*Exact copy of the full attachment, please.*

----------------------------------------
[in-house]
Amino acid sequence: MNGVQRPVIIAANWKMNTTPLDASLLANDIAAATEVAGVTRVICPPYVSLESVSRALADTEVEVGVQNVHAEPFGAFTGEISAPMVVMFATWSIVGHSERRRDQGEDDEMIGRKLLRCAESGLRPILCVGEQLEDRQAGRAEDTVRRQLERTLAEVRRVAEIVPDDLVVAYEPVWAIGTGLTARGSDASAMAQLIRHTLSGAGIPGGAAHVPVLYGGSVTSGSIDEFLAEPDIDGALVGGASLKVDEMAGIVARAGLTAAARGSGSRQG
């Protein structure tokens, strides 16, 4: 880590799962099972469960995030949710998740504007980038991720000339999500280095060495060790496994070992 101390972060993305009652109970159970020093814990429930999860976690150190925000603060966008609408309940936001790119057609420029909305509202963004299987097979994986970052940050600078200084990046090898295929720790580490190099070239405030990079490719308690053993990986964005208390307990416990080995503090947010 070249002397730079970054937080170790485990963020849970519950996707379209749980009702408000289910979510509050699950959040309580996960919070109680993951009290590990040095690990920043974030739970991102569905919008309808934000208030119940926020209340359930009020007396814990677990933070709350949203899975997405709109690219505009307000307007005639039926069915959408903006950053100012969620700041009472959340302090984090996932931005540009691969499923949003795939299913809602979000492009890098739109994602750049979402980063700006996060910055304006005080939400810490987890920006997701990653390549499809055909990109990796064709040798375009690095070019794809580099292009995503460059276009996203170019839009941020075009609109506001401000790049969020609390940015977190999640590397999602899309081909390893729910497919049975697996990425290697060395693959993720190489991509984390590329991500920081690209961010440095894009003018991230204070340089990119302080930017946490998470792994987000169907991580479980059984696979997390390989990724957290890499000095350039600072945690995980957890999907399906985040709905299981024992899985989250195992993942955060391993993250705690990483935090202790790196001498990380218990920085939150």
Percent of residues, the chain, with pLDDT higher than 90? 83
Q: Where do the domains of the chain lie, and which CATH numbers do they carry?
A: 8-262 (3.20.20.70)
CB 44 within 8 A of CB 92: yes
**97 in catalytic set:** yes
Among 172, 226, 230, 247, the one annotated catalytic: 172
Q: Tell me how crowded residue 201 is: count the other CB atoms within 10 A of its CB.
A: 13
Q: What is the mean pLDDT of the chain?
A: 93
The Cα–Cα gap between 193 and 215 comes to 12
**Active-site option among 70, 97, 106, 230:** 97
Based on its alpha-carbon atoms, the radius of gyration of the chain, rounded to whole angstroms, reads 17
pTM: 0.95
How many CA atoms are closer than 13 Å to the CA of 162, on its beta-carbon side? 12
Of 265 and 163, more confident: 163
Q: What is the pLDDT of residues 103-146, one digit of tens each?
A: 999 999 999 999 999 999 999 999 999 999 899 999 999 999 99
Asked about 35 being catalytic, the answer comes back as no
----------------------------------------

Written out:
[in-house]
Amino acid sequence: MNGVQRPVIIAANWKMNTTPLDASLLANDIAAATEVAGVTRVICPPYVSLESVSRALADTEVEVGVQNVHAEPFGAFTGEISAPMVVMFATWSIVGHSERRRDQGEDDEMIGRKLLRCAESGLRPILCVGEQLEDRQAGRAEDTVRRQLERTLAEVRRVAEIVPDDLVVAYEPVWAIGTGLTARGSDASAMAQLIRHTLSGAGIPGGAAHVPVLYGGSVTSGSIDEFLAEPDIDGALVGGASLKVDEMAGIVARAGLTAAARGSGSRQG
């Protein structure tokens, strides 16, 4: 880590799962099972469960995030949710998740504007980038991720000339999500280095060495060790496994070992 101390972060993305009652109970159970020093814990429930999860976690150190925000603060966008609408309940936001790119057609420029909305509202963004299987097979994986970052940050600078200084990046090898295929720790580490190099070239405030990079490719308690053993990986964005208390307990416990080995503090947010 070249002397730079970054937080170790485990963020849970519950996707379209749980009702408000289910979510509050699950959040309580996960919070109680993951009290590990040095690990920043974030739970991102569905919008309808934000208030119940926020209340359930009020007396814990677990933070709350949203899975997405709109690219505009307000307007005639039926069915959408903006950053100012969620700041009472959340302090984090996932931005540009691969499923949003795939299913809602979000492009890098739109994602750049979402980063700006996060910055304006005080939400810490987890920006997701990653390549499809055909990109990796064709040798375009690095070019794809580099292009995503460059276009996203170019839009941020075009609109506001401000790049969020609390940015977190999640590397999602899309081909390893729910497919049975697996990425290697060395693959993720190489991509984390590329991500920081690209961010440095894009003018991230204070340089990119302080930017946490998470792994987000169907991580479980059984696979997390390989990724957290890499000095350039600072945690995980957890999907399906985040709905299981024992899985989250195992993942955060391993993250705690990483935090202790790196001498990380218990920085939150």
Percent of residues, the chain, with pLDDT higher than 90? 83
Q: Where do the domains of the chain lie, and which CATH numbers do they carry?
A: 8-262 (3.20.20.70)
CB 44 within 8 A of CB 92: yes
**97 in catalytic set:** yes
Among 172, 226, 230, 247, the one annotated catalytic: 172
Q: Tell me how crowded residue 201 is: count the other CB atoms within 10 A of its CB.
A: 13
Q: What is the mean pLDDT of the chain?
A: 93
The Cα–Cα gap between 193 and 215 comes to 12
**Active-site option among 70, 97, 106, 230:** 97
Based on its alpha-carbon atoms, the radius of gyration of the chain, rounded to whole angstroms, reads 17
pTM: 0.95
How many CA atoms are closer than 13 Å to the CA of 162, on its beta-carbon side? 12
Of 265 and 163, more confident: 163
Q: What is the pLDDT of residues 103-146, one digit of tens each?
A: 999 999 999 999 999 999 999 999 999 999 899 999 999 999 99
Asked about 35 being catalytic, the answer comes back as no